Government Should Not Be in the Business of Preventing Price Gouging
There was an engaging discussion on the appropriateness of government intervention in price regulation in the comments section of a recent post of mine. Commenter D. Amiri wrote:
In the example of gasoline, which I do believe is unique, the demand could be high due to events not directly related to the price of gas, such as 9/11. Many bought gasoline on that day or the day after for fear that prices would rise in the future. What happened, however, is that some gas stations took advantage of the increased demand and jacked up their prices. […]
But gasoline is unique for many reasons: (a) demand is usually very high and relatively constant/predictable (b) practically speaking, one can only buy so much gasoline at one time (c) gasoline is a dangerous substance (d) gasoline is absolutely vital to the national economy (e) gasoline is product derived from an internationally traded commodity at which level prices already reflect speculation of higher/lower demand and supply.
None of these reasons is call for government intervention in gasoline markets. When the government intervenes in the market for a good by controlling the price, it causes artificial shortages and surpluses, and it also obstructs resources from being put to their highest use. Overall welfare is maximized when prices are allowed to represent relative values accurately.
- If the level of demand is high and constant already, then why should the government focus on protecting it from volatility? Price “gouging” is simply a misleading term for supply and demand. By increasing their prices in response to higher demand, gas station owners are simply capturing excess consumer surplus.
- All resources are scarce and finite. This is not an attribute that is unique to gasoline.
- The role of government doesn’t entail protecting individuals from products that they consume voluntarily. Practically every activity or product can be potentially harmful — smoking cigarettes, consuming raw milk, crossing the street — and individuals weigh the risks against their associated benefits. There is a risk that the gas station will ignite when I am filling my car with gas, but if I don’t fill it up, I can’t easily get places.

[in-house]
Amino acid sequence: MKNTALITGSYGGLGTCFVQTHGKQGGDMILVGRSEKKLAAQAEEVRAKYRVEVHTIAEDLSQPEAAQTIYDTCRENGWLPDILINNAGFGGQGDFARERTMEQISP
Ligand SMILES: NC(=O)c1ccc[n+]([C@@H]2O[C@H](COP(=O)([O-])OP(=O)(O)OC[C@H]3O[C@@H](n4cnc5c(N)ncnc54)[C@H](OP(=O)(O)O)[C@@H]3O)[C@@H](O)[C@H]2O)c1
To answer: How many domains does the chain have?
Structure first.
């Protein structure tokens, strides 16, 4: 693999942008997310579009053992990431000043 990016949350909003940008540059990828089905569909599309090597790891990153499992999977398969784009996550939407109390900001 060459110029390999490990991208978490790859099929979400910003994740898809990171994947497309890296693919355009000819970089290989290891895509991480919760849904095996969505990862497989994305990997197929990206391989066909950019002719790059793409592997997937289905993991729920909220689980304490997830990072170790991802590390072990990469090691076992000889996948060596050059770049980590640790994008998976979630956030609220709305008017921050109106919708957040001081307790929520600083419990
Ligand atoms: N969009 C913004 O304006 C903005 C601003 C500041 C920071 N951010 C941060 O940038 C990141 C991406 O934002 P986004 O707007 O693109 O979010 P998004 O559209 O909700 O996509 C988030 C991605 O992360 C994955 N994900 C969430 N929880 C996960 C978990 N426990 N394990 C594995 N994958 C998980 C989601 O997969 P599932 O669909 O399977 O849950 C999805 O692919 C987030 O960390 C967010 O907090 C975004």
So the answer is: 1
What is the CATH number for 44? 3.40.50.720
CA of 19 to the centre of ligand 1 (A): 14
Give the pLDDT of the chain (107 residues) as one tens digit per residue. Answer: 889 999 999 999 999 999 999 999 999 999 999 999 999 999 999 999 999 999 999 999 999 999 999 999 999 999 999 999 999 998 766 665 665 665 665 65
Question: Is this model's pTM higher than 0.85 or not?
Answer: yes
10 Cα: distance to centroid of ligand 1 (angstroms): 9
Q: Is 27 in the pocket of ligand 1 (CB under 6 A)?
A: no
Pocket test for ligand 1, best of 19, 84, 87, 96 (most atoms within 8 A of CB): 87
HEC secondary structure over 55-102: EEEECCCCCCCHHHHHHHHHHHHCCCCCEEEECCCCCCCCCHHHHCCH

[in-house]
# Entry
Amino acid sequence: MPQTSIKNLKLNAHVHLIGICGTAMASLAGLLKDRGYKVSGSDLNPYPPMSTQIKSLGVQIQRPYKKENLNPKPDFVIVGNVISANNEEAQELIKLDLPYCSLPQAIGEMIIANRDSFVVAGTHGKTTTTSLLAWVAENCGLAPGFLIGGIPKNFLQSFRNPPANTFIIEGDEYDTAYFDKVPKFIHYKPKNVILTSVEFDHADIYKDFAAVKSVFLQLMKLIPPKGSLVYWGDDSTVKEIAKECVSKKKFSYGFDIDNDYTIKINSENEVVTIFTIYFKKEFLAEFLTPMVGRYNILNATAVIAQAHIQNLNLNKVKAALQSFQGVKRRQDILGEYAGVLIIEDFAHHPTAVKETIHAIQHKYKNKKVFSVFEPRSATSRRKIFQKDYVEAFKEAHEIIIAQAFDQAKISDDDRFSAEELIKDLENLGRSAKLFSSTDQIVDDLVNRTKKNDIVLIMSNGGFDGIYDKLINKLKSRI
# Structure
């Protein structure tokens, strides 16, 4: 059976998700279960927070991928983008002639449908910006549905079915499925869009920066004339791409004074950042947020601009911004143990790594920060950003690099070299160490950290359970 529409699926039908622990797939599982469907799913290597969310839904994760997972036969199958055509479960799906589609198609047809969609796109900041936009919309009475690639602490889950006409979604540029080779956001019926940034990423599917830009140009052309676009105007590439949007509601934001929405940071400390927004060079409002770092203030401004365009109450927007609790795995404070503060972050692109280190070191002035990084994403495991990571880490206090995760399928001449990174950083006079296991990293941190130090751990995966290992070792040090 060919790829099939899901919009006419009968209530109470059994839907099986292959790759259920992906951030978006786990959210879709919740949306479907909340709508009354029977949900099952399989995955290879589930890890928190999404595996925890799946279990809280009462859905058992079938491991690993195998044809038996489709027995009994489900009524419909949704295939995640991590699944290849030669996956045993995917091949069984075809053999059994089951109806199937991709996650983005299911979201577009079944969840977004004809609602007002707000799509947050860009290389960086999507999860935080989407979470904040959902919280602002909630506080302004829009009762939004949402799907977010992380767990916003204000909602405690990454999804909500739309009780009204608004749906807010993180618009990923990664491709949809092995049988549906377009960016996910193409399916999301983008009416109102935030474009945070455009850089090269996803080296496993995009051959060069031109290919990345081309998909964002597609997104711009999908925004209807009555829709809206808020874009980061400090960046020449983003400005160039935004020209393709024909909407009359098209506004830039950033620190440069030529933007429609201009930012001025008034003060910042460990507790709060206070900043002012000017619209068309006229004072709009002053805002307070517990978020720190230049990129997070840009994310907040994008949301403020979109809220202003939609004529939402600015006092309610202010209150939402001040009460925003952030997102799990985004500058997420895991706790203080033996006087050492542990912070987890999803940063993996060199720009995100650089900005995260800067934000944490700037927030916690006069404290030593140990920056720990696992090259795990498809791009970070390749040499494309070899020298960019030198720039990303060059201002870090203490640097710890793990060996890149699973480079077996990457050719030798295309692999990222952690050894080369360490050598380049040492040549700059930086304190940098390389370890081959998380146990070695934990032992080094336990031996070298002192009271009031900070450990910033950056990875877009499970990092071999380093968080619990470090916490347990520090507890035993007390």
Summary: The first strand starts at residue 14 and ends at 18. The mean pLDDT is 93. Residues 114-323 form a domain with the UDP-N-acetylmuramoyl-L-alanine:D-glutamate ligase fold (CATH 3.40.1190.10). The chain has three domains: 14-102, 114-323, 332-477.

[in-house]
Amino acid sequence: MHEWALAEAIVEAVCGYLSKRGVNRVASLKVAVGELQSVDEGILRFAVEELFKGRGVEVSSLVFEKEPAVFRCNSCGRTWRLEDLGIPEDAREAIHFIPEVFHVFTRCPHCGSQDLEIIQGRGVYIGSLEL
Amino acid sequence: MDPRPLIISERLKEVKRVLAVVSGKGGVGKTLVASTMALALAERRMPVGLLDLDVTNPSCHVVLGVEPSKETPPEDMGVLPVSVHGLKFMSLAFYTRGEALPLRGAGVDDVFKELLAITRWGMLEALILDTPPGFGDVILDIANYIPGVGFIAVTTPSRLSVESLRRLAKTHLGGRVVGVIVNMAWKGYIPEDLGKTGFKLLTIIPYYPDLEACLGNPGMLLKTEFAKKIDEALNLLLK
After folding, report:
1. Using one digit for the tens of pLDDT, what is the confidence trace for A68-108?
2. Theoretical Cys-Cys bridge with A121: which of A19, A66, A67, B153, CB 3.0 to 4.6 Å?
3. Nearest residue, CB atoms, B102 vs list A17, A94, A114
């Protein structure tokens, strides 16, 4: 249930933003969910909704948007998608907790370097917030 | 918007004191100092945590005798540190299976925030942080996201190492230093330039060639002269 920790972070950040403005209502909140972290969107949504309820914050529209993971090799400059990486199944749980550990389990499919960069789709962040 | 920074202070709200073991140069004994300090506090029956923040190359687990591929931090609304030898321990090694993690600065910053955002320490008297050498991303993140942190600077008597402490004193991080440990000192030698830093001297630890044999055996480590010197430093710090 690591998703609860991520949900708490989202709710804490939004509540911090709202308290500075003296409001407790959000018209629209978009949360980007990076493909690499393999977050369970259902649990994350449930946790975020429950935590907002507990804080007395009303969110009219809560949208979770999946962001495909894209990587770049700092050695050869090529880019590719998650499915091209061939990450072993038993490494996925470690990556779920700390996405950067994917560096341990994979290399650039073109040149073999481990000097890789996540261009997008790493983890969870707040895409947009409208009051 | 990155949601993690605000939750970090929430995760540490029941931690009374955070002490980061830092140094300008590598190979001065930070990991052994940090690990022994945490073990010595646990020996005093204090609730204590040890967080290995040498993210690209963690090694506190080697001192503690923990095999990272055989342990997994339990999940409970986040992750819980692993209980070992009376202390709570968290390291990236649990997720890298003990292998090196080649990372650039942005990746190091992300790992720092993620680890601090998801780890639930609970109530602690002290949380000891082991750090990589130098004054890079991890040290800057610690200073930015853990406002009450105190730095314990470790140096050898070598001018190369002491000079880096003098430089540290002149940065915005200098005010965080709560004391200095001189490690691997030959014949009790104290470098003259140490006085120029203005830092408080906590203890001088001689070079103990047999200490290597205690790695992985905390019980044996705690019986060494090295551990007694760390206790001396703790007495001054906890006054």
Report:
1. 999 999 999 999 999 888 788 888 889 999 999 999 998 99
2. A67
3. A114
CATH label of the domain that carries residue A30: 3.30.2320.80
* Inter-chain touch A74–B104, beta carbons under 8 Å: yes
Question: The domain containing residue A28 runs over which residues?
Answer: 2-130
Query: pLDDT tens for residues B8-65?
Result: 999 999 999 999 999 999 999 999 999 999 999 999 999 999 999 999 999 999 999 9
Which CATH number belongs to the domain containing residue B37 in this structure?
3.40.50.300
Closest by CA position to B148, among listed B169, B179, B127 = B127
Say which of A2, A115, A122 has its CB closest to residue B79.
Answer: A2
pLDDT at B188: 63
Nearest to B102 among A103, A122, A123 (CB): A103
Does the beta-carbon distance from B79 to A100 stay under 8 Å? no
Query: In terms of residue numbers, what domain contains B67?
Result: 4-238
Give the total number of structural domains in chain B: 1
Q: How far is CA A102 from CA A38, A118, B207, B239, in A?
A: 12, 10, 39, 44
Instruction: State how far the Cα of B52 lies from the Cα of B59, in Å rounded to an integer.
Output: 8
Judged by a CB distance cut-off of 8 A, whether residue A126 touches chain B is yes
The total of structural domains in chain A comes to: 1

- Gasoline may be an important source of energy in the status quo, but substitutes exist (e.g., electricity, ethanol, geothermal, etc.). If the price of gasoline increases in the future, this will provide an incentive for entrepreneurs to seek other substitutes and to improve relevant processes.
- This is another attribute that is not unique to gasoline. A considerable percentage of the goods and services that people consume are internationally traded. Should the federal government protect the price of bananas or wine from volatility? It would not be feasible for the federal government to regulate prices in all of these markets.
Prices coordinate individual action efficiently by communicating relative scarcities and preferences, as I have discussed previously. However, government officials knock the price system out of equilibrium whenever they decide to subsidize or restrict an economic activity. When the government knocks the price of a good or service out of equilibrium, it results in a misallocation of resources. In other words, resources no longer go toward their highest use.
Changes in price are important for allocating scarce resources. This is why the price for plywood increases during hurricanes — individuals living in disaster-ridden areas have a higher demand for plywood than, say, a person building a treehouse elsewhere in the country. Because the former individual has a more critical need for the resource, he or she is willing to pay more for it. Those who think that the price has grown too high will refrain from buying the product, which leaves more available to be purchased by those with a higher willingness to buy. In the absence of externalities, a sudden rise in price levels does not represent market failure, so even theoretical economic rationales for government intervention don’t apply.